ORLANDO, Fla. — Lost in the chaos at the United States Capitol, Georgia made history this week with their runoff elections.
A Jewish man and a Black man both won their Senate races Tuesday.
Reverend Raphael Warnock became only the second black Senator from a southern state since reconstruction.
Race scholars say his election is a sign of progress, but there’s still much farther to go.
Nearly 2,000 people have served in the U.S. Senate, and early Wednesday morning, Raphael Warnock became only the 11th Black American elected to the body.
The first was Hiram Revels, elected by the Mississippi State Senate more than 150 years ago.
Sociology Professor Jonathan Cox says there are a number of reasons that it’s taken so long to make such incremental progress. The first, he says is a history of voter suppression against Black Americans.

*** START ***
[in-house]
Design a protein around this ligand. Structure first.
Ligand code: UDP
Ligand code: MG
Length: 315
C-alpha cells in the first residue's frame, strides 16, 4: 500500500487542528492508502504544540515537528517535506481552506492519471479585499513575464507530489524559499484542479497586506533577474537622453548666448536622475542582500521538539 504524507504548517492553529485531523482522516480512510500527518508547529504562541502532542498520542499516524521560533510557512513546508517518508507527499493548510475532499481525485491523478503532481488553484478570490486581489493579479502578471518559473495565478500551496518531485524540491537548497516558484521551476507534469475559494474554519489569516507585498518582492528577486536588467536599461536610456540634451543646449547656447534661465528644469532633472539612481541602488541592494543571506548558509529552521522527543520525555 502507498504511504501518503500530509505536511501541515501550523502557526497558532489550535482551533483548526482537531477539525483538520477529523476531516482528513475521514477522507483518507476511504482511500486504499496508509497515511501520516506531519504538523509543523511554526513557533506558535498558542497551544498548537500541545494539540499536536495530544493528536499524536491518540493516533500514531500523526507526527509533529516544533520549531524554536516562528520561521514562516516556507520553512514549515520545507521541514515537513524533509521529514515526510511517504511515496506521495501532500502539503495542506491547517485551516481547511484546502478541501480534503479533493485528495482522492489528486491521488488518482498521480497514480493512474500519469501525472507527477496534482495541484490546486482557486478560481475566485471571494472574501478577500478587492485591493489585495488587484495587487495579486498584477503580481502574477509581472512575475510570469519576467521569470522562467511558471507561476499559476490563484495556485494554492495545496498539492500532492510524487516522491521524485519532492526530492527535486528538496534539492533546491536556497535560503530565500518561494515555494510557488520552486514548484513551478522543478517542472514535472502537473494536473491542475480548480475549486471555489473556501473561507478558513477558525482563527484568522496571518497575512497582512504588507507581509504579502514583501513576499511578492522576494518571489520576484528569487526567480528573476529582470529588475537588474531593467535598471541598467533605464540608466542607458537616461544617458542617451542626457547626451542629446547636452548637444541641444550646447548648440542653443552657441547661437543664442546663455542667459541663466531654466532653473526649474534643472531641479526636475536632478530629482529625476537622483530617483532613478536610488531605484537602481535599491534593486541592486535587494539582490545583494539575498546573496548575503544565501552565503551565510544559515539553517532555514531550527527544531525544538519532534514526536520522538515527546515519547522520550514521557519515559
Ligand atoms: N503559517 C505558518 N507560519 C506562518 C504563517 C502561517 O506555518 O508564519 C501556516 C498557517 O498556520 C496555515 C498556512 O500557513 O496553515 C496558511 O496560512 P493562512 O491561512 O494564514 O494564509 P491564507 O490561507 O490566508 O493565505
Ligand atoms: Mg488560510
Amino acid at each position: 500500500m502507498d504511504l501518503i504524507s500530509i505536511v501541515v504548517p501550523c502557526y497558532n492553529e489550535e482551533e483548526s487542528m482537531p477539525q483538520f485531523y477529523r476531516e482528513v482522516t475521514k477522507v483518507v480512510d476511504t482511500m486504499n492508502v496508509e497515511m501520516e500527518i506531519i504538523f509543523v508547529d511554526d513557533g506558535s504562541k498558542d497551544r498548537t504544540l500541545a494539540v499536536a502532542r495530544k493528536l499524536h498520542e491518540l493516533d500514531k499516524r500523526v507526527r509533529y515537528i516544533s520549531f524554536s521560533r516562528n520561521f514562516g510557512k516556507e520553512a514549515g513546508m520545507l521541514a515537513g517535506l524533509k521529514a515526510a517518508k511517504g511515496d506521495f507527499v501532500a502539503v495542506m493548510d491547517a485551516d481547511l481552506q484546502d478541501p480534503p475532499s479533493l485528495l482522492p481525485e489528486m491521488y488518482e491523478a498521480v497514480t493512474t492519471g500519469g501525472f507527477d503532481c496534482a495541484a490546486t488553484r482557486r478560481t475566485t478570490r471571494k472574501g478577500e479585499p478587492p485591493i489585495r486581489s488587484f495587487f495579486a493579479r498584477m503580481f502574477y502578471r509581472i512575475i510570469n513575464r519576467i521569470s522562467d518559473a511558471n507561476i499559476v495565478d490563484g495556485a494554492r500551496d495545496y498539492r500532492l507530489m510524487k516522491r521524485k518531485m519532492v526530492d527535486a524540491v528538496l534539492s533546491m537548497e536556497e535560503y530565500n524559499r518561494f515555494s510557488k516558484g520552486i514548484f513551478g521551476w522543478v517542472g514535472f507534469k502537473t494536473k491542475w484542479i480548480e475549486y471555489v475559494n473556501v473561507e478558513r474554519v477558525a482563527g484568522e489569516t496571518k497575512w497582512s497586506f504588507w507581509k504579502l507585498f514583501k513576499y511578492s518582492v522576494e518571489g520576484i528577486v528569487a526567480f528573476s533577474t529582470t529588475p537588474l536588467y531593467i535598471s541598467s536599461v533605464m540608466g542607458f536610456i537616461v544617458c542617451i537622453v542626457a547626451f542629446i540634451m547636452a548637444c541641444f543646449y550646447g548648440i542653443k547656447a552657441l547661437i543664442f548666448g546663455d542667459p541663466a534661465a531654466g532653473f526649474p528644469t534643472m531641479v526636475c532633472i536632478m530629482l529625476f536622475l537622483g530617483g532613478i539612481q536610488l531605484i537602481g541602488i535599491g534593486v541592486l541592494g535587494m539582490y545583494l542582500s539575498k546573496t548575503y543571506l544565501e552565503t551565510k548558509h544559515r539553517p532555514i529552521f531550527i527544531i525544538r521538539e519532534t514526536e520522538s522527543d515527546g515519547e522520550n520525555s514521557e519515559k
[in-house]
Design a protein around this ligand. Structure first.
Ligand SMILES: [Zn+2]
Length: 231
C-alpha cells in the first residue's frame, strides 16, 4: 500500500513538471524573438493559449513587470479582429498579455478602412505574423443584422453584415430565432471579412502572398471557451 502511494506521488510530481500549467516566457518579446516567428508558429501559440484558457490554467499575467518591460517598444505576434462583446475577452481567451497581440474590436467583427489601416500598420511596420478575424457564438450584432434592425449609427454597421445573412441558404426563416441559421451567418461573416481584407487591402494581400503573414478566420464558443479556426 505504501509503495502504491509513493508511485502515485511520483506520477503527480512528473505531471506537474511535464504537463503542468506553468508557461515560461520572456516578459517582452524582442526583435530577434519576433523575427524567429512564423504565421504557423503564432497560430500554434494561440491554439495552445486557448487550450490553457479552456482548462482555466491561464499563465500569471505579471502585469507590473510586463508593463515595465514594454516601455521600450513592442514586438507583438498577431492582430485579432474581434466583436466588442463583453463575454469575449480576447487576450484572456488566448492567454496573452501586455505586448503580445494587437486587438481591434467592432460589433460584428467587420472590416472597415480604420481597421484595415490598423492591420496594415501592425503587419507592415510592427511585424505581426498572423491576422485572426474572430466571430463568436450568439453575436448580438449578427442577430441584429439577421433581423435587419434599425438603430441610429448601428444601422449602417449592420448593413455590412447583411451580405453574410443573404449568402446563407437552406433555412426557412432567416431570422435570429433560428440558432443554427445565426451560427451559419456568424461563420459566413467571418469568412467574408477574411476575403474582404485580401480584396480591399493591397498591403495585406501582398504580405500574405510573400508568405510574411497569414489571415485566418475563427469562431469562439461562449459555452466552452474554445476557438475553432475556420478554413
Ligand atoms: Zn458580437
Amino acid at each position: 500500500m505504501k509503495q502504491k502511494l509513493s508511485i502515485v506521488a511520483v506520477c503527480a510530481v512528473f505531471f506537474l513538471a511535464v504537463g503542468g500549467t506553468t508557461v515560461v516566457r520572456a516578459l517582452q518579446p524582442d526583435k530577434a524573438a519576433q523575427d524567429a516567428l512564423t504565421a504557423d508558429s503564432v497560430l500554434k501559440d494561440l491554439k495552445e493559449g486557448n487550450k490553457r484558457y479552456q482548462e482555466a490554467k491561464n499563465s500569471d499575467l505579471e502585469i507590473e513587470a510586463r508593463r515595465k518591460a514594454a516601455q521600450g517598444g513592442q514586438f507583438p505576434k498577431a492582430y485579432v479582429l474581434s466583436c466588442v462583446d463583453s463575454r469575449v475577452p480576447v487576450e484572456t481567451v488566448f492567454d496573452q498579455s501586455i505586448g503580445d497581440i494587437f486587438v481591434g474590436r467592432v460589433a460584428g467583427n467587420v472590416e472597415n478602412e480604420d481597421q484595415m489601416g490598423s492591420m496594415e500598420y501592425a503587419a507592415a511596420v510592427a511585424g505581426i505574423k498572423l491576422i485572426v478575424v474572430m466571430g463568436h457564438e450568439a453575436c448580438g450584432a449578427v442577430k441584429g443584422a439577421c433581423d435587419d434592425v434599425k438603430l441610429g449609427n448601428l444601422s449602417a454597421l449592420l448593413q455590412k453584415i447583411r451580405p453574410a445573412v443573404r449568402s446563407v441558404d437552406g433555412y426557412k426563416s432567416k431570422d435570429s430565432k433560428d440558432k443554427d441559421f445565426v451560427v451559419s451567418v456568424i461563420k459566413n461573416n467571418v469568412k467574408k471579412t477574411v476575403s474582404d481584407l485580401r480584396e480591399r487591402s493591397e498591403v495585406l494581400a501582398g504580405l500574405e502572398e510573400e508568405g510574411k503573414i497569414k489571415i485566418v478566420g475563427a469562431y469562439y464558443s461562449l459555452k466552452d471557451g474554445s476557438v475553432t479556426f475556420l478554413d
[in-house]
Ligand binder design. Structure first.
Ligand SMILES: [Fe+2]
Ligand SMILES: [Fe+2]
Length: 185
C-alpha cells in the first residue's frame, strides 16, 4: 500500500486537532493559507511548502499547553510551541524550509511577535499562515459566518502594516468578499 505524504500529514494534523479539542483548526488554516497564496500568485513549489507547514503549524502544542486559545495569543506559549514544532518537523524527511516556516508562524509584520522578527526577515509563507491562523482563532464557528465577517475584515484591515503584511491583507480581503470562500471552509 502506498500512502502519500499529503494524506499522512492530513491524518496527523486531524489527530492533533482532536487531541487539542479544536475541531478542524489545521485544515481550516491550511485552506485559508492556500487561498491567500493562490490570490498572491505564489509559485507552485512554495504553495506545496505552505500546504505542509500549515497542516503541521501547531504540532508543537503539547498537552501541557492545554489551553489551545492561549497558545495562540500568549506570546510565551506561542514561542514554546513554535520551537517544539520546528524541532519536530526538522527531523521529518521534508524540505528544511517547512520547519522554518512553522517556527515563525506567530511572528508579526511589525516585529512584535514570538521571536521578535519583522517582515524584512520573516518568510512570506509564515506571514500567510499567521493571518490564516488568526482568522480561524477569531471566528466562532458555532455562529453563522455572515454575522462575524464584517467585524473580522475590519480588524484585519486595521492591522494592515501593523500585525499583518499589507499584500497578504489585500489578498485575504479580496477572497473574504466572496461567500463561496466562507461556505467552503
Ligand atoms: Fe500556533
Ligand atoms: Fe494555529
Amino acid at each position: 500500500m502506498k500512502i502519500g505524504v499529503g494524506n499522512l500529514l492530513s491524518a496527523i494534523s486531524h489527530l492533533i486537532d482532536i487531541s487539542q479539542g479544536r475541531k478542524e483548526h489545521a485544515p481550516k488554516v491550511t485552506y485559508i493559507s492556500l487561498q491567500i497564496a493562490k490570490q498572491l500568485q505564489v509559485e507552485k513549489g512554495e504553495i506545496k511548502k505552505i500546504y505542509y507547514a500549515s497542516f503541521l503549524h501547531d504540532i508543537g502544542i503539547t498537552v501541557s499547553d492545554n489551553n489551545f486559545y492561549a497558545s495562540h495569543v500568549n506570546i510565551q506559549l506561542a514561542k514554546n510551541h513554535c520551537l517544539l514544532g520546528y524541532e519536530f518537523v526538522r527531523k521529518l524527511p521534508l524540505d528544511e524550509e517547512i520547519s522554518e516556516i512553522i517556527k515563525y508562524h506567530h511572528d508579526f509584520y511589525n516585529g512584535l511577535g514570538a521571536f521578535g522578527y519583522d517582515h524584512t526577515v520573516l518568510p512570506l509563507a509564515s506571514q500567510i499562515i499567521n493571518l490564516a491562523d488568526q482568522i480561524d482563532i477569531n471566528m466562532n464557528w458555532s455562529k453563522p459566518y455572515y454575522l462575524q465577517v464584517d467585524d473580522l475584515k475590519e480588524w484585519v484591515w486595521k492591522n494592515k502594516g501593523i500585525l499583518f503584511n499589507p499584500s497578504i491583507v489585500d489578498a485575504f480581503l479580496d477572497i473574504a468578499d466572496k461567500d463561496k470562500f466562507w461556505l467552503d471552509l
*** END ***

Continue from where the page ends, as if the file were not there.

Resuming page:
“Voter ID laws, voters being purged from rolls, gerrymandering, felony disenfranchisement…”
The second issue, Cox says, is racial discrimination against Black Americans trying to get into politics.
“We’re looking at large-scale, long-standing, systemic discrimination that exists,” Cox says.
As an example, Cox names Representative Janelle Bynum of Oregon, who had police called on her while she was canvassing in her own district.
Florida Senator Randolph Bracy says he’s had to endure those challenges himself.
“I think it’s a real thing to deal with,” Sen. Bracy says. “I think the maps are gerrymandered, and so you have black candidates that primarily run in black districts.
Research from multiple institutions support Bracy’s claims of gerrymandering.
However, he says Rev. Warnock’s win in Georgia- and the Democratic organizing led by Stacey Abrams- show things could be different for statewide elections.
“So I think the formula is there for a person of color to win,” Bracy says. “I just think that a lot of things have to come together.
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